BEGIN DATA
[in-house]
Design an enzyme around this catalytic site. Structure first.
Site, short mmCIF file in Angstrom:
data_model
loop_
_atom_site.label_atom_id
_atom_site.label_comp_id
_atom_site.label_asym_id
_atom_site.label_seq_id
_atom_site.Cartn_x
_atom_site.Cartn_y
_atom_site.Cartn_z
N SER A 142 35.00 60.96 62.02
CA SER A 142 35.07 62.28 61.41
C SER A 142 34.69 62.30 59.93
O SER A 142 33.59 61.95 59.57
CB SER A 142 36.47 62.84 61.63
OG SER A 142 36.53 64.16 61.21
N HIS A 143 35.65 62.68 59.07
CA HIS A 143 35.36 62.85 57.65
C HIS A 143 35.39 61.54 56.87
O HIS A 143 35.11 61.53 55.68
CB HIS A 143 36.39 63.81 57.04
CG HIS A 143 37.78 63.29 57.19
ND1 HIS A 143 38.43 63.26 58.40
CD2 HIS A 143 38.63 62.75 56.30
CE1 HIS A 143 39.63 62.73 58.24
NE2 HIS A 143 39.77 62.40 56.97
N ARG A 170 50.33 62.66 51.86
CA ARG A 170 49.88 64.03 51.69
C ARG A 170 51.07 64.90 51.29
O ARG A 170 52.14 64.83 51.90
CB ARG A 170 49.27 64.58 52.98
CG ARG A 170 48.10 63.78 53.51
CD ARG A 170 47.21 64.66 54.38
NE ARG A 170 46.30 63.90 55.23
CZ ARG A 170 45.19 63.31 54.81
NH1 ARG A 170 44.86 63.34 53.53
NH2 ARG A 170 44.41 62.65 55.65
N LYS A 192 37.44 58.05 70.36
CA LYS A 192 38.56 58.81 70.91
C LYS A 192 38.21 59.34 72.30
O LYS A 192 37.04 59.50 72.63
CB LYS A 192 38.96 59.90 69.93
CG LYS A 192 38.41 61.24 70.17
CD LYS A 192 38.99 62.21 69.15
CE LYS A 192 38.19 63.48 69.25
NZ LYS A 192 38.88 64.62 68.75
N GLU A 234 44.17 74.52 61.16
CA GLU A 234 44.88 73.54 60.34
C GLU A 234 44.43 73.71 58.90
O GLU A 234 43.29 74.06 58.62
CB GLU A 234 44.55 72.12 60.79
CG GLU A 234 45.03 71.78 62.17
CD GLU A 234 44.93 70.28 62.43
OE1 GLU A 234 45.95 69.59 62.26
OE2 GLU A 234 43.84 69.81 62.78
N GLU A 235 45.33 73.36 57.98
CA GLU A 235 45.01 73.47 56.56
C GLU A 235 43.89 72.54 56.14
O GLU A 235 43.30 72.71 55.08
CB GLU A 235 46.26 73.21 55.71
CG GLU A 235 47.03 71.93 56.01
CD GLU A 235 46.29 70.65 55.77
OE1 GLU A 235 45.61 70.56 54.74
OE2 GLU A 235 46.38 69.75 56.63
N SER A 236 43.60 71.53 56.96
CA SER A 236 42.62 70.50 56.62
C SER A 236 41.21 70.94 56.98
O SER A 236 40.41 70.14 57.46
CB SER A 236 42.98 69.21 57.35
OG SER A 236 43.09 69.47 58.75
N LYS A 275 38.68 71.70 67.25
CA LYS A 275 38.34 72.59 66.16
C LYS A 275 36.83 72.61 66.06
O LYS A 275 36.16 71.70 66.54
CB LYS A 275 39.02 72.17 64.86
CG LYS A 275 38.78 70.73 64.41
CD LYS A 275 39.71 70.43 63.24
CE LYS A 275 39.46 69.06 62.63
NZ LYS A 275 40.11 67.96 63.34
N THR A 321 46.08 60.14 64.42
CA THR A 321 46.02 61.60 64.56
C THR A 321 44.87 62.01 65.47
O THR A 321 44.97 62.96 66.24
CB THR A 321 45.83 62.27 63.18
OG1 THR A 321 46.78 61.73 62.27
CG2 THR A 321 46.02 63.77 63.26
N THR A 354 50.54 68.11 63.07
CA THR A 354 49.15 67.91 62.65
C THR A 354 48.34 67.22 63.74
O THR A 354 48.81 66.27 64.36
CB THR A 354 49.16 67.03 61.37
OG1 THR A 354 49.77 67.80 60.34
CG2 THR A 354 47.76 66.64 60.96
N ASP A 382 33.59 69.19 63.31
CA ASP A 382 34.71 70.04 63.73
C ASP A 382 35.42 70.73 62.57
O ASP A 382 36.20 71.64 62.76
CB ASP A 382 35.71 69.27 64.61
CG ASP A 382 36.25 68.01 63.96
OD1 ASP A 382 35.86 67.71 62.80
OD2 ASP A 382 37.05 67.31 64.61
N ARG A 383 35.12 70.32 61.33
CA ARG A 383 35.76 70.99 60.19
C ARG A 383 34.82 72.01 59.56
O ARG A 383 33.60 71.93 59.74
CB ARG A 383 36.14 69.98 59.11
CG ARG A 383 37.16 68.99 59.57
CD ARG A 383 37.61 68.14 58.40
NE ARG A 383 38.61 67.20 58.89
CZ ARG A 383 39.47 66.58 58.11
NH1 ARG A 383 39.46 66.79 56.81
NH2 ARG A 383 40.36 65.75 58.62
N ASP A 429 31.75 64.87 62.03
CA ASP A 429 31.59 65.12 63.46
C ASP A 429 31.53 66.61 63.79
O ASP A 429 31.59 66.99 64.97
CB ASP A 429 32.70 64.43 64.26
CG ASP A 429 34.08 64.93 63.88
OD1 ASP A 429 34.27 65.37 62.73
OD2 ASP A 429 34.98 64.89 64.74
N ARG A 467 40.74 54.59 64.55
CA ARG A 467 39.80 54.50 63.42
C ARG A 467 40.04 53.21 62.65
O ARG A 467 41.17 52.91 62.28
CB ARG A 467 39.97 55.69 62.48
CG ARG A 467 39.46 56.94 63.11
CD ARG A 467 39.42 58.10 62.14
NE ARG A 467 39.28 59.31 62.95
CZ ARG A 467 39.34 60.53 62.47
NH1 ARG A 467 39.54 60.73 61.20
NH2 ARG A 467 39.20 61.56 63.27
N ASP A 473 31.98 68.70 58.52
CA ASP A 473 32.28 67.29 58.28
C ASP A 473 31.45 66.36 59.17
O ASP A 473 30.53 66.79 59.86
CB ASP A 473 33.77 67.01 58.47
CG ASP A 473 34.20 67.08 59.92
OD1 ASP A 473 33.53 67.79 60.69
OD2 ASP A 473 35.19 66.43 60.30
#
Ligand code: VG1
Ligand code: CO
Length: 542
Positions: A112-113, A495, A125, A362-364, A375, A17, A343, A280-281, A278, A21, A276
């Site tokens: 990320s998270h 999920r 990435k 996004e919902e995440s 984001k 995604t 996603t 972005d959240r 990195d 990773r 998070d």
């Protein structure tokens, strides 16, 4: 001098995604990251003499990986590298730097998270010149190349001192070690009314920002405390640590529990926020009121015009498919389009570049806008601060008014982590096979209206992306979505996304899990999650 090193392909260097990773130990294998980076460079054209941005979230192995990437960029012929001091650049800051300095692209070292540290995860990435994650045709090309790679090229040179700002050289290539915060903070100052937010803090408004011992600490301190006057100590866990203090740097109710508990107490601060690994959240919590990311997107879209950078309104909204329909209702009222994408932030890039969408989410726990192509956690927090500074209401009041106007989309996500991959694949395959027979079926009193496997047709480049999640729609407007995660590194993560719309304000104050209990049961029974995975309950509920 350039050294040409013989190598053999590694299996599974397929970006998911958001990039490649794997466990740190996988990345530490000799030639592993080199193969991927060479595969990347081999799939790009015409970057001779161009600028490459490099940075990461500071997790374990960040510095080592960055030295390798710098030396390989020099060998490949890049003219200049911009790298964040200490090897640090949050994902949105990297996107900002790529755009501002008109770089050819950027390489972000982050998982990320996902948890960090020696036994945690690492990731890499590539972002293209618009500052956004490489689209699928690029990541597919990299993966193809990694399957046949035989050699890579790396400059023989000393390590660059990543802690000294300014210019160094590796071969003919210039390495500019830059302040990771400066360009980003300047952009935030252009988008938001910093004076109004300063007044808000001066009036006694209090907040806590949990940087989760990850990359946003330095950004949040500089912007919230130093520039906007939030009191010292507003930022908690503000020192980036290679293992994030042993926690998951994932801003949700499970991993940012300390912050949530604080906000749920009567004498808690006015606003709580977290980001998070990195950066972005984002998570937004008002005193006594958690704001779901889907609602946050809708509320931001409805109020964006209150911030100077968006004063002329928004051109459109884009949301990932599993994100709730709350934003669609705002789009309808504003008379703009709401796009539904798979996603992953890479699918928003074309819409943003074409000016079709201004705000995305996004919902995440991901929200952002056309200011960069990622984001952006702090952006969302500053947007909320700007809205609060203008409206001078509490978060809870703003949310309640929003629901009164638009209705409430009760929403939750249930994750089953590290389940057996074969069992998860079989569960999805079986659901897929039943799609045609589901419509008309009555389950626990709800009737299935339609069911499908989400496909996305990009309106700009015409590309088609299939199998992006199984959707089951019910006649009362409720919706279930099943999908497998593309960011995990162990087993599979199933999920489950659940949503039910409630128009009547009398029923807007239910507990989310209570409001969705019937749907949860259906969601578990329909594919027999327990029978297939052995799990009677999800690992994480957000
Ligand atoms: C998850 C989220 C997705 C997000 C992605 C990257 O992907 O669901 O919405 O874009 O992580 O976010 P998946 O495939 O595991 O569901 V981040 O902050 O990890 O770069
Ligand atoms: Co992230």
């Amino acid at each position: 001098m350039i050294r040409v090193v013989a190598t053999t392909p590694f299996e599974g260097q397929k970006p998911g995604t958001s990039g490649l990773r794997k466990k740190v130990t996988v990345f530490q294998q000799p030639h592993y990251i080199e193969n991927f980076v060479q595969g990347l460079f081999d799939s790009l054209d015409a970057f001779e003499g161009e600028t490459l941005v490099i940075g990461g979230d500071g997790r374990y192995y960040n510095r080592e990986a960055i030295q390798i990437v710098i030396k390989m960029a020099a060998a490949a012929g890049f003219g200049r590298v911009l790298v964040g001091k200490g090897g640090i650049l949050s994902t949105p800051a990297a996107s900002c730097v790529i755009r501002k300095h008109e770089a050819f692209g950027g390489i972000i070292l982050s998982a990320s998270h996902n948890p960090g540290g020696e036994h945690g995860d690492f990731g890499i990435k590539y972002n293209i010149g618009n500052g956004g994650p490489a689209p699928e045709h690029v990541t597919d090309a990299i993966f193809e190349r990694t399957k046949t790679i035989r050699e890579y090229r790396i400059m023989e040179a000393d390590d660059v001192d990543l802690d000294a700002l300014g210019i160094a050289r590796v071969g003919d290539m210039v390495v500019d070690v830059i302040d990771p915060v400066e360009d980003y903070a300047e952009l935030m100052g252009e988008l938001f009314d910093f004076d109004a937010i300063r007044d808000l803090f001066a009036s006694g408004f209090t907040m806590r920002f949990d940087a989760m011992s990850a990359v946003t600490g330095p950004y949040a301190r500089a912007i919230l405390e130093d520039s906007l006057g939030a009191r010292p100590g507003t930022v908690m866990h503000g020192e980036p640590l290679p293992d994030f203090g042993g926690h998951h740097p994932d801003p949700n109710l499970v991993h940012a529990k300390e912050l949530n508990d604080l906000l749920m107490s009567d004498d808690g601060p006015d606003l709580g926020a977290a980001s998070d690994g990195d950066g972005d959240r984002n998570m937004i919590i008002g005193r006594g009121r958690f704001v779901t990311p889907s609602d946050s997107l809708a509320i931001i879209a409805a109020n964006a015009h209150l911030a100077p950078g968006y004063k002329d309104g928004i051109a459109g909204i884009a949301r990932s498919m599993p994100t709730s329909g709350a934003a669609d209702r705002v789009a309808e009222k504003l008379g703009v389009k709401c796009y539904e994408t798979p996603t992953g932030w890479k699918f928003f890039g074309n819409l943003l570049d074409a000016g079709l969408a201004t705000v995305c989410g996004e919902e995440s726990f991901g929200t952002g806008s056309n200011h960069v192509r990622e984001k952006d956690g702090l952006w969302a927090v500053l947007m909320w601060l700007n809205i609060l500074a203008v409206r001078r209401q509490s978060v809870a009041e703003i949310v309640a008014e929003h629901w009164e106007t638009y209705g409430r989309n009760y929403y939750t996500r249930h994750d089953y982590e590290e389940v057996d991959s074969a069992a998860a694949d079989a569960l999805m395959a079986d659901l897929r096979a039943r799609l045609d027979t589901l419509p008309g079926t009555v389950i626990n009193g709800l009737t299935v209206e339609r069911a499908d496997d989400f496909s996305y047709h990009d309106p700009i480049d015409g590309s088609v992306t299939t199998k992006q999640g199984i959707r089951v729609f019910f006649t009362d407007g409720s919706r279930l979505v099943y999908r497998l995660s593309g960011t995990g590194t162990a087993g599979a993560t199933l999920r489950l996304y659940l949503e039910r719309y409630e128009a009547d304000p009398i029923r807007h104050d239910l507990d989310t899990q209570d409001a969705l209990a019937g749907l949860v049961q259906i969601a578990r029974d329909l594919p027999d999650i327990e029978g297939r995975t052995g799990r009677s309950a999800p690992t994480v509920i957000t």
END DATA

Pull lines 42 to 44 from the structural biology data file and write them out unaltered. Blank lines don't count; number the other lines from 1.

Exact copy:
C LYS A 192 38.21 59.34 72.30
O LYS A 192 37.04 59.50 72.63
CB LYS A 192 38.96 59.90 69.93